Herring and Class Struggle

Capitalism came late to Iceland. At the end of the 19th century this large, wind-swept, thinly populated island was made up of small towns, farms and seasonal fishing stations. Then European capitalists saw another Klondike in the herring-rich waters of the north Atlantic..

Friday, 28 April 2017

International Workers Memorial Day - Mourn the dead and fight like hell for the living

Today—28 April—is International Workers Memorial Day when workers and their trade unions round the world, remember everyone killed at work. It’s a day to mourn the dead and demand better health and safety, better conditions and that if the worst happens that employers accept responsibility and pay proper compensation to workers’ families.

The history of fatal and serious accidents for every countries’ workers is very long. In Iceland, the highest numbers of deaths were probably amongst fishers—men and women—who were most likely to drown or die of cold. But farm workers also got killed collecting “scurvy grass” from cliffs, which was needed for its vitamin C. Women, whose work was washing clothes in rivers or geothermal hot water pools, drowned or suffered fatal burns.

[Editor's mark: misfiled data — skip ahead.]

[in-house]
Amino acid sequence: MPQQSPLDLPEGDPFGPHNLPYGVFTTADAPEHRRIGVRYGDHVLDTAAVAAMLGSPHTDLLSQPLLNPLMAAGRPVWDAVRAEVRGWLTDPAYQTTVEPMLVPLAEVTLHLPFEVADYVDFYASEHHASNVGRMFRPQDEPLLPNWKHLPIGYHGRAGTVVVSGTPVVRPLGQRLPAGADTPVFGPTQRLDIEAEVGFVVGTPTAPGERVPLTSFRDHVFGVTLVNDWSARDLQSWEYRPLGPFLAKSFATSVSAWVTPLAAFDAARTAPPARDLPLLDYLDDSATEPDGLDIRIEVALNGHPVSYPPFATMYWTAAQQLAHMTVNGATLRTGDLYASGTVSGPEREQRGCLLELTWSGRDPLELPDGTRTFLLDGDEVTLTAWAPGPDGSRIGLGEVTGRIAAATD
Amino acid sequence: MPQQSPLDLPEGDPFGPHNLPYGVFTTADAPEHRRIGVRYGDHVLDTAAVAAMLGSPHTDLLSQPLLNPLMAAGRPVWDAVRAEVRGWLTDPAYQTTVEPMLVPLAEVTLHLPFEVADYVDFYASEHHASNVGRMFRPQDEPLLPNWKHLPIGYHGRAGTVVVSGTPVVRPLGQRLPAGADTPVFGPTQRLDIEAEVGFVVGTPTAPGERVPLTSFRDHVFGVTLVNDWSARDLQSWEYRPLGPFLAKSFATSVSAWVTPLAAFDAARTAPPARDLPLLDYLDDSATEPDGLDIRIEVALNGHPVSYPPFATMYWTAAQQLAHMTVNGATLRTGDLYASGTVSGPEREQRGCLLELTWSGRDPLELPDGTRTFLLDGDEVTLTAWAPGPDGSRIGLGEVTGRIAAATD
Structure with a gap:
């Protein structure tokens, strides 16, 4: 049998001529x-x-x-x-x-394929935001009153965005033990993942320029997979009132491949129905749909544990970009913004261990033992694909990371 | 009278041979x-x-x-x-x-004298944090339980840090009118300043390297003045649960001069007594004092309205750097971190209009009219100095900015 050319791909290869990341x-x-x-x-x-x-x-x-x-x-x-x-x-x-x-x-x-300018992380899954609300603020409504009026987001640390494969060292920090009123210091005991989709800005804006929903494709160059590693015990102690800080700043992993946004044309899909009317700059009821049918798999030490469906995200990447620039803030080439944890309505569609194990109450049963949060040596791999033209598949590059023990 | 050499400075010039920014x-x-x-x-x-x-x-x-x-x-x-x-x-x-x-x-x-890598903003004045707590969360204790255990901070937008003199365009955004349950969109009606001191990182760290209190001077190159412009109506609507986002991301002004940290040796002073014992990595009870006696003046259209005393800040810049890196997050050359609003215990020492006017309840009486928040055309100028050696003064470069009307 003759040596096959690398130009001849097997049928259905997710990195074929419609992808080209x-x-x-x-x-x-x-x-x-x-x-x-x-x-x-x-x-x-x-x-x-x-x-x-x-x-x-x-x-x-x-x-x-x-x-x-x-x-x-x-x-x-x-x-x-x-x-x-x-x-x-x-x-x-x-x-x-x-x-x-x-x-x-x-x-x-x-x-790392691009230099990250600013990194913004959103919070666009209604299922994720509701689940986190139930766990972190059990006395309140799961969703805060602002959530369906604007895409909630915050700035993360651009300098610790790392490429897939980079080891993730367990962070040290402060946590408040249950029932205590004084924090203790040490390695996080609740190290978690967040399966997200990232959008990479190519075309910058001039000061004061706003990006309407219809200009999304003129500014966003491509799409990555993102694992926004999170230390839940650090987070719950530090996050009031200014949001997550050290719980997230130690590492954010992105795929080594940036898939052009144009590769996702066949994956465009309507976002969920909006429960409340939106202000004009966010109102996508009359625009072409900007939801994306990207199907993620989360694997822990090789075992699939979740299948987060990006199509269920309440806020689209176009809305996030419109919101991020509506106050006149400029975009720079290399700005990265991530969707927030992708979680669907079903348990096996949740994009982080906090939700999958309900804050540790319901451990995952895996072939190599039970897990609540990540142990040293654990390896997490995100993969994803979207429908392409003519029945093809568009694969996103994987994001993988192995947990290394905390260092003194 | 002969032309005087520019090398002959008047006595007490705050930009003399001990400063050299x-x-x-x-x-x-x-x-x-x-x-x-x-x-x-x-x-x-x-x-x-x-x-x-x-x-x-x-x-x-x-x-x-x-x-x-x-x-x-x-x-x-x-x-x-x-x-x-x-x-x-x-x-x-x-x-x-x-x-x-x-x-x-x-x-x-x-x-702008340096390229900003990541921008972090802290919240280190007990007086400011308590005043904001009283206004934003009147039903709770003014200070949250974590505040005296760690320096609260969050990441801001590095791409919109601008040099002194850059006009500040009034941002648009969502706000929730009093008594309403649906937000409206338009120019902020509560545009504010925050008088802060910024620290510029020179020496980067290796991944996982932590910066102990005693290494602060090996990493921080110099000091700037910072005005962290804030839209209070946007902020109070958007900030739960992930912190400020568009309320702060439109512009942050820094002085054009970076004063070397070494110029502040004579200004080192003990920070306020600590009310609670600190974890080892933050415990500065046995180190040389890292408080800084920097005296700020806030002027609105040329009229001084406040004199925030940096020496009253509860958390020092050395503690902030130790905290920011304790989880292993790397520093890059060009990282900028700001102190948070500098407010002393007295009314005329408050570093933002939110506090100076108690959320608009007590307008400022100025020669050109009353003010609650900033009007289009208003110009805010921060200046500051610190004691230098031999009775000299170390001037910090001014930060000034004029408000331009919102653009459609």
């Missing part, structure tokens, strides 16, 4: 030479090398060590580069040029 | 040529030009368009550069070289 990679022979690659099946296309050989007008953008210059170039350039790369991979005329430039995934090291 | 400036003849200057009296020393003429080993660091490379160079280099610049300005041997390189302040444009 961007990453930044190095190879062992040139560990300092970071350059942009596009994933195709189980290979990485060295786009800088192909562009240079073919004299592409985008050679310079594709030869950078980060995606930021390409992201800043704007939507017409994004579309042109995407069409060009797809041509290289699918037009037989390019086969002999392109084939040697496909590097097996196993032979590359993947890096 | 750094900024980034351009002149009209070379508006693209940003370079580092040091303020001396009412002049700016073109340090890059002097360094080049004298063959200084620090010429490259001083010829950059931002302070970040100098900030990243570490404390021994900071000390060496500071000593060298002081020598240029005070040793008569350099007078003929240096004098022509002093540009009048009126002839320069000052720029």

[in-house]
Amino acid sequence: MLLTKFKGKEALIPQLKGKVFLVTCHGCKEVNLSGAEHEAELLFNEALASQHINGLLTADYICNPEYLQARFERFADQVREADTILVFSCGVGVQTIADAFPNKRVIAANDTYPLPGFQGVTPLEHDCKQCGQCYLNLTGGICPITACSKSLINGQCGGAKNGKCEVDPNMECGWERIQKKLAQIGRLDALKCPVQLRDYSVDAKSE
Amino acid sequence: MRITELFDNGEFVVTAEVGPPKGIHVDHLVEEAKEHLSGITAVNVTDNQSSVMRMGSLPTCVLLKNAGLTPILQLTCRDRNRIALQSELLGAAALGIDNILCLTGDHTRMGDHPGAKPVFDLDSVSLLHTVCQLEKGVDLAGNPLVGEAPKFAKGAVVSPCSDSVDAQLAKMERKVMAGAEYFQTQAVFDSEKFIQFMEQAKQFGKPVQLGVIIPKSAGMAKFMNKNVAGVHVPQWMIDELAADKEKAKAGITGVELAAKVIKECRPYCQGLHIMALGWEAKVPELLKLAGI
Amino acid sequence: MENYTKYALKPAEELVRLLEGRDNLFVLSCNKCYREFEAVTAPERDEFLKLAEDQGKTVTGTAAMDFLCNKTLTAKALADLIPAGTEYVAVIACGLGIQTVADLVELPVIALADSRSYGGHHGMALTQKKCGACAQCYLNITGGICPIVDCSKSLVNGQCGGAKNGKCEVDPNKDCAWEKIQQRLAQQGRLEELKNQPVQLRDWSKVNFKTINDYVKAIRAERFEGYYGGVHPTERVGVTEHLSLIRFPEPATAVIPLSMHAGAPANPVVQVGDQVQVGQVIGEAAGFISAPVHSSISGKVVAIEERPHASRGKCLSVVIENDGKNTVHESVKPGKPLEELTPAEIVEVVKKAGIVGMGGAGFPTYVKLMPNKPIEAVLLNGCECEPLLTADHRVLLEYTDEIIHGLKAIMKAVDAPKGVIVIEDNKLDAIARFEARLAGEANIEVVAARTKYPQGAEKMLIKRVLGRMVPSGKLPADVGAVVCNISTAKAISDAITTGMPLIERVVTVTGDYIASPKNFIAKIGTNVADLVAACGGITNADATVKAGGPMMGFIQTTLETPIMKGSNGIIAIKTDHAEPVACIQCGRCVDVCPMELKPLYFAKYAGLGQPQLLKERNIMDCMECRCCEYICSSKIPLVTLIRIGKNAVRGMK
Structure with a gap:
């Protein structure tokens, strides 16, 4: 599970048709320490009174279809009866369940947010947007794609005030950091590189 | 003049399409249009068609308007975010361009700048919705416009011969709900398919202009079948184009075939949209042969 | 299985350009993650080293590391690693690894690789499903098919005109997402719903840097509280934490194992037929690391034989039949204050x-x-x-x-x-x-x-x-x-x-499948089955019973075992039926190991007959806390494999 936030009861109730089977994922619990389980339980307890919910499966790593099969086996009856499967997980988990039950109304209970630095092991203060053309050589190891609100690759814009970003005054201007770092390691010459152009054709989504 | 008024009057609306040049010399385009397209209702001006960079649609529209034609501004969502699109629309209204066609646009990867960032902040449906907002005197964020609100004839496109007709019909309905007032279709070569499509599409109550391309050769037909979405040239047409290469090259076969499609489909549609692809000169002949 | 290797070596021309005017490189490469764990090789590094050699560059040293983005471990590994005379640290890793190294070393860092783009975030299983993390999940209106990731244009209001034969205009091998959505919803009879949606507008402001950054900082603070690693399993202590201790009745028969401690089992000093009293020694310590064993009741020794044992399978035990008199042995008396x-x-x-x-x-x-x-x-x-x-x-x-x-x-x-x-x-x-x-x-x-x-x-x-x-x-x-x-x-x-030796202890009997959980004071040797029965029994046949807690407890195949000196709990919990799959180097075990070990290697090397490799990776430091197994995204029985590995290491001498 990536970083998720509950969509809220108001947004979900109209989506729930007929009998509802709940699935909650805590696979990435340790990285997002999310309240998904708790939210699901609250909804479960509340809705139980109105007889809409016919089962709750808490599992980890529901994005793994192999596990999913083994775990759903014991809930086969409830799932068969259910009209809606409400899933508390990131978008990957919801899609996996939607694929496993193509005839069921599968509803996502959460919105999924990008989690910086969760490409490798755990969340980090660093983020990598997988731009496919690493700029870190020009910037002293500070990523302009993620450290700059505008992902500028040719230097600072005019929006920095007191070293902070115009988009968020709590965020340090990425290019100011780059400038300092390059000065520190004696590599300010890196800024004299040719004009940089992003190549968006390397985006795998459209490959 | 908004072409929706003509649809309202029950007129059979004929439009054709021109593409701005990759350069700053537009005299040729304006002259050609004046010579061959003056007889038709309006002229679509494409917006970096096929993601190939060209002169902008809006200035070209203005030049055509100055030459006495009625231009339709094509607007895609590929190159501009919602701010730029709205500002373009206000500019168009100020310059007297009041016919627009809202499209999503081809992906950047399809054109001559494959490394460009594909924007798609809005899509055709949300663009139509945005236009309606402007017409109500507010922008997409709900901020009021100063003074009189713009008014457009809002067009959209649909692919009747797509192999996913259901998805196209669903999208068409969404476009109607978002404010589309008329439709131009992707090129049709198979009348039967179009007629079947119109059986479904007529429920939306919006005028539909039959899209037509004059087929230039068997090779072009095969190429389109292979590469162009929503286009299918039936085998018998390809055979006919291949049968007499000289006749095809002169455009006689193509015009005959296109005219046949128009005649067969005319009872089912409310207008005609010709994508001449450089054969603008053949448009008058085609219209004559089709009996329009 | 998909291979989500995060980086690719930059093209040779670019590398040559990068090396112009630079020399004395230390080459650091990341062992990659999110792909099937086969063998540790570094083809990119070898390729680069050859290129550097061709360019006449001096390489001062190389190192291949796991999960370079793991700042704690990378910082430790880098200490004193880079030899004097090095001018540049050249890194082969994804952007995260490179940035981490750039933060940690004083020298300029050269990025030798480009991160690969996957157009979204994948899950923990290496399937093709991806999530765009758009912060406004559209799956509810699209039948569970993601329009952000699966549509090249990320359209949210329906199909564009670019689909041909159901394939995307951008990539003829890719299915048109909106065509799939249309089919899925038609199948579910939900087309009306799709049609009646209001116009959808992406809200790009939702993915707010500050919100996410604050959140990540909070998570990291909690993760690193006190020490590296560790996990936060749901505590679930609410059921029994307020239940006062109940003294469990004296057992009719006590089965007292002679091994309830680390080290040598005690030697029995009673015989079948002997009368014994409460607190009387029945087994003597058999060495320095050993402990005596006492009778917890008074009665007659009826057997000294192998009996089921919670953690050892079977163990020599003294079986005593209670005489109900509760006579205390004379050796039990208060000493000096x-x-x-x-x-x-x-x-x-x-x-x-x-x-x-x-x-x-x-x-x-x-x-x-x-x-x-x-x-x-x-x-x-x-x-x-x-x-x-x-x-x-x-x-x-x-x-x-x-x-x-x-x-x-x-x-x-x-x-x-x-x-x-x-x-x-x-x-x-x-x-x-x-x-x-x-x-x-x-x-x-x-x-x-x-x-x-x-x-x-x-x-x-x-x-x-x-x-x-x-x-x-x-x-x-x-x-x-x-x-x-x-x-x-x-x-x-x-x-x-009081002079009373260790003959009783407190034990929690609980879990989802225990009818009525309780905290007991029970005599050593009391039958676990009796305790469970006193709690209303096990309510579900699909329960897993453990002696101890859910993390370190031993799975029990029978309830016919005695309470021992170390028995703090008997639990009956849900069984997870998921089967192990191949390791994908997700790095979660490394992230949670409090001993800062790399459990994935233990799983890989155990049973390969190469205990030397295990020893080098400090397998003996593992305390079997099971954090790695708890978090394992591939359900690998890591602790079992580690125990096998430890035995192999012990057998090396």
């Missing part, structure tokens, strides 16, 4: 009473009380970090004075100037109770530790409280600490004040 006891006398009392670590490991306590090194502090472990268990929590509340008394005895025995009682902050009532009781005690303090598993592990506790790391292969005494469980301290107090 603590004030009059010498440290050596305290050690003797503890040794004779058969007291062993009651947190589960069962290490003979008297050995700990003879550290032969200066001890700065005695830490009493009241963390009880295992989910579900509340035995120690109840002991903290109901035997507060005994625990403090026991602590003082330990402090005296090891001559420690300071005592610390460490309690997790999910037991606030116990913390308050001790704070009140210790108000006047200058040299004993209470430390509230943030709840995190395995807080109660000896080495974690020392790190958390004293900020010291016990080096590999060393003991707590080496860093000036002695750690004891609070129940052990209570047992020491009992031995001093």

Terrible conditions and weather caused accidents and often people assume these are historical events and don’t happen now. But in February this year one man was hospitalised and another died when hydrogen sulphide and carbon monoxide got into their accommodation through the water supply of the fish factory that employed them in Reykjanes, South West Iceland.

A worker running the Bæjarins bestu hot dogs kiosk in Reykjavik last September narrowly escaped being crushed when a crane from the building site adjacent collapsed against the door of the small building. The timber that the crane was carrying landed in the carp park next to it and Bæjarins bestu’s staff member had to get out by climbing through the window.

And in April last year fisherman Ólaf­ur Jó­hann­es Friðriks­son died when he fell overboard from a fishing boat in Húnaflói bay, Northwest Iceland.

It is easy to say accidents will always happen, but they are much more likely where workers are pushed to speed up, where companies cut corners to save money or small fishing boats lack the latest safety equipment.  Internationally there is a growing problem of suicide among workers and small farmers driven to despair by overwork and too little pay.

Trade unionised work places are safer workplaces. But to drastically reduce the number of deaths and serious injuries suffered at work, we are going to have to challenge the system that puts profit before safety and ordinary people’s lives, wherever they are.